ATA tells feds to butt out of driver detention issue
WASHINGTON -- The American Trucking Associations doesn't want the federal government interfering in the relationships between truckers and shippers.
ATA's Board of Directors voted to oppose efforts at regulating driver detention time at loading docks.
Earlier this year, Rep. Peter DeFazio, D-Ore. introduced legislation to establish a maximum number of hours drivers may be detained without being paid and study the problem of industry detention.
The effort is supported by the FMCSA's Motor Carrier Safety Advisory Committee as well as the Owner-Operators Independent Driver Association.
The ATA says instead that detention time is an issue to be negotiated between carriers and shippers, and Washington should stay out of it.
"ATA and its members value the time of our drivers," ATA President and CEO Bill Graves said following the board's decision. "However, federal intervention into this area would have significant impacts on the contractual agreements between carriers and shippers."
In a letter to FMCSA administrator Anne Ferro, the MCSAC said the agency should seek legal authority over issues that contribute to safety violations. Undue detainment, it argues, can cause drivers to violate hours of service rules and affect safety on the road.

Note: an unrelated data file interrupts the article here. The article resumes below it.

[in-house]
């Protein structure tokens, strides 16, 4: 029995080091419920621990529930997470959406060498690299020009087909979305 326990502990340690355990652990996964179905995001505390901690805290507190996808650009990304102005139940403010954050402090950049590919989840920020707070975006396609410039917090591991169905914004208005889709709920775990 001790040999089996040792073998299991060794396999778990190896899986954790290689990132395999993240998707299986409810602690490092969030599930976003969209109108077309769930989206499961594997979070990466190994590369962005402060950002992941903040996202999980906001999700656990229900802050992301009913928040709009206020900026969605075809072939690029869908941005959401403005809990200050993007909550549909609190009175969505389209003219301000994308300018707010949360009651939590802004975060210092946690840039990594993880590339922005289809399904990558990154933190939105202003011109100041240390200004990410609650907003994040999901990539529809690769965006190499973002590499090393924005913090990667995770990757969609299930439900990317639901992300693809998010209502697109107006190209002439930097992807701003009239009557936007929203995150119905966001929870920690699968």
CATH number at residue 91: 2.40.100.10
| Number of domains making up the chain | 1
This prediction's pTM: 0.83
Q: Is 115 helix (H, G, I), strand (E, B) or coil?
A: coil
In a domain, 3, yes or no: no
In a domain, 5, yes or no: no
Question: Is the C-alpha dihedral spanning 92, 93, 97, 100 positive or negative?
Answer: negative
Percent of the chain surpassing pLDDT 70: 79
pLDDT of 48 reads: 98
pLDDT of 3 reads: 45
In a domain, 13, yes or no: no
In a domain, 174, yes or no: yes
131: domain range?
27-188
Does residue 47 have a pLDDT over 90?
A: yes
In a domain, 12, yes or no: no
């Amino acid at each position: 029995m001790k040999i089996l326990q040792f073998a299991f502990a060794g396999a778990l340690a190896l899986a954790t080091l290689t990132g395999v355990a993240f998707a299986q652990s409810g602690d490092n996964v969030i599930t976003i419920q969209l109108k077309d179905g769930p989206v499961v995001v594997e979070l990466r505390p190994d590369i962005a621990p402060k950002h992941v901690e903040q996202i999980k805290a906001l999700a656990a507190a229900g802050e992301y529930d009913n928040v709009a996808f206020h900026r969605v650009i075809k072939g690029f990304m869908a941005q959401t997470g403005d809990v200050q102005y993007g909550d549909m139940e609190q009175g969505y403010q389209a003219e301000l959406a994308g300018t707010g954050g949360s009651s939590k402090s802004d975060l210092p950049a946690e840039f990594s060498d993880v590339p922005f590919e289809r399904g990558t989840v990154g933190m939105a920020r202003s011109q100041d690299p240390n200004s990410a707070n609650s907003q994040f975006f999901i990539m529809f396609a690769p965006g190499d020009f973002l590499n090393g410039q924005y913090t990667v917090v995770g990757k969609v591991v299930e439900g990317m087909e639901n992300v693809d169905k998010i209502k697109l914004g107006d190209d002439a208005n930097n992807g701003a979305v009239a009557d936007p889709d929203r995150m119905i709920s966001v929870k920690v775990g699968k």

"The ability of carriers to negotiate rates, routes and service with our shippers is very important to us," said ATA Chairman Barbara Windsor, president and CEO of Hahn Transportation. "Federal regulation in this area would directly affect shipping rates and would significantly change the playing field for carriers and shippers."
Added ATA first vice chairman Dan England, chairman and president of C.R. England: "No carrier wants to see our drivers' time wasted," said. "However, this is not an issue that can be handled with a 'one-size, fits all' regulation and as a result is best addressed in contractual agreements between carriers and shippers."